Back in the 1850s, a doctor by the name of William Hillebrand planted some magnificent trees directly in the center of Honolulu. Those trees became the centerpiece of what is now the Foster Botanical Gardens, a peaceful getaway and escape from the bustle of the city center. Admission is only $5 for adults and includes a conservatory, a butterfly garden, 14 acres of tropical plant growth, and a peaceful time for all nature lovers.
21. Fort DeRussy Beach Park
Fort DeRussy is a 71-acre park located directly on the beach in Waikiki. Despite being completely open to the public, it is a reservation of land maintained entirely by the military. The park has beautiful beach access, a children’s playground, public restrooms and showers, and affordable parking.
22. Bishop Museum
The Bishop Museum is dedicated entirely to the unique heritage of Hawaii and the Pacific islands. General admission for adults is under $30, and they host a wide variety of special events to attract visitors, such as after-hours events at night and multiple festivals throughout the year.
Bonus: What is the best thing to do in Waikiki, Hawaii at night?
Waikiki, located in Honolulu, Hawaii, offers a vibrant nightlife with a variety of activities and entertainment options. Here are some of the best things to do in Waikiki at night:
Enjoy Nighttime Beach Activities: Take a stroll along Waikiki Beach under the moonlight, or participate in beachside activities like night surfing or beach yoga.
Watch a Luau Show: Experience Hawaiian culture by attending a traditional luau, where you can enjoy authentic food, music, and hula dancing performances.
Dine at Oceanfront Restaurants: Waikiki offers a wide range of oceanfront restaurants and bars where you can enjoy delicious Hawaiian cuisine while overlooking the ocean.
Attend Live Music Events: Many bars and venues in Waikiki host live music performances, ranging from local Hawaiian musicians to international acts.
Explore Night Markets: Some nights, you might find night markets or street fairs featuring local artisans, crafts, and food vendors. These events offer a unique shopping and dining experience.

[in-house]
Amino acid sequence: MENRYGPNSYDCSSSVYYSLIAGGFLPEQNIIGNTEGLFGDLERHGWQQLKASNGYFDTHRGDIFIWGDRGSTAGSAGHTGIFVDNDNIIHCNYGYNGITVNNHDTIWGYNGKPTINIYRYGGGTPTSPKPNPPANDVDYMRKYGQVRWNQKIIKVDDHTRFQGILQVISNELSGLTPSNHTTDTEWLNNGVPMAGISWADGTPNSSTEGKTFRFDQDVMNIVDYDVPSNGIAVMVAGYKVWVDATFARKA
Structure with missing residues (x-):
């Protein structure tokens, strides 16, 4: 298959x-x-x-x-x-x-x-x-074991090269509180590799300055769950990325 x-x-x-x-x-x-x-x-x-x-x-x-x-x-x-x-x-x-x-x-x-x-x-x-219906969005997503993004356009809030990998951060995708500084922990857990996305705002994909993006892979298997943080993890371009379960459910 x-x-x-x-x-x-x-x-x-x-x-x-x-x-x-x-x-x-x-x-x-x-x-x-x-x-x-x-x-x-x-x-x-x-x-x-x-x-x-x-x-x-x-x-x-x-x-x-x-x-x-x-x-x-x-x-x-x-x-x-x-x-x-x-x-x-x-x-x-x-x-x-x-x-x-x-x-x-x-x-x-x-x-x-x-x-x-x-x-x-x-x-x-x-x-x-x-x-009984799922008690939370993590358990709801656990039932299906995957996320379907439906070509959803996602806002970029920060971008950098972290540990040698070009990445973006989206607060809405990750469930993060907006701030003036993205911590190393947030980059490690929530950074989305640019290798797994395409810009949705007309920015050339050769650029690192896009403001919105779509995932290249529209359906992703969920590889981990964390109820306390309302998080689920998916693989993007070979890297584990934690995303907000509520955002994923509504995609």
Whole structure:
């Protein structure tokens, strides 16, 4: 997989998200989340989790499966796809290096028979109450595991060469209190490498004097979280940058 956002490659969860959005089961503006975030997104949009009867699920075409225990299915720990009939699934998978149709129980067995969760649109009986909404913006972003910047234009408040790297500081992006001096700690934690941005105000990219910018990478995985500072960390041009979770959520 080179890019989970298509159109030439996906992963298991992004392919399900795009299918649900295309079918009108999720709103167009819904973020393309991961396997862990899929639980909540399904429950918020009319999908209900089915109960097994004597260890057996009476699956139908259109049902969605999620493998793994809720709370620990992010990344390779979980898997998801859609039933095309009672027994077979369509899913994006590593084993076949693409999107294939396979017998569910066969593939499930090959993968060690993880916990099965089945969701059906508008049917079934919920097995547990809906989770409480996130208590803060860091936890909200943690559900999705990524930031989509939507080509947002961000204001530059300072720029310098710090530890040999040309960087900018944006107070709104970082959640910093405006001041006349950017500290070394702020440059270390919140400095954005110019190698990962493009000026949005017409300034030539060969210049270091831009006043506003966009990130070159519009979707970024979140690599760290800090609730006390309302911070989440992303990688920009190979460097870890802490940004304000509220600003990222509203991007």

Take a Sunset Cruise: While not technically at night, sunset cruises departing from Waikiki provide stunning views of the sun setting over the Pacific Ocean.
Visit Bars and Nightclubs: Waikiki has a variety of bars and nightclubs where you can dance, enjoy drinks, and socialize with both locals and fellow tourists.
Watch a Fireworks Display: Depending on the time of year, you might be able to catch a fireworks display, often held in celebration of special events or holidays.
Explore Waikiki Beach Walk: This pedestrian-friendly area is lined with shops, restaurants, and entertainment options, creating a lively atmosphere in the evenings.
Attend Cultural Shows: Look for cultural shows that highlight traditional Hawaiian arts, music, and dance, offering an opportunity to learn about the local heritage.
Stargazing: If you’re interested in astronomy, consider heading to a stargazing tour or visiting a planetarium in the area.
Relax at a Rooftop Bar: Some of the hotels in Waikiki offer rooftop bars with panoramic views of the city and the ocean. It’s a great place to unwind and enjoy the night skyline.
Remember that activities and events can vary based on the time of year and local schedules. It’s a good idea to check ahead of time for any special events or performances that might be taking place during your visit.
When you’re taking a vacation to a place like Hawaii, Waikiki is a perfect spot. Its beaches, amenities, and attractions are perfect for bringing that much-needed break from the stress of everyday life. They can also provide you with some valuable cultural, educational, and relaxing experiences that won’t break your budget and keep you coming back to the island for more. So enjoy what makes Hawaii so unique, and keep it stress-free.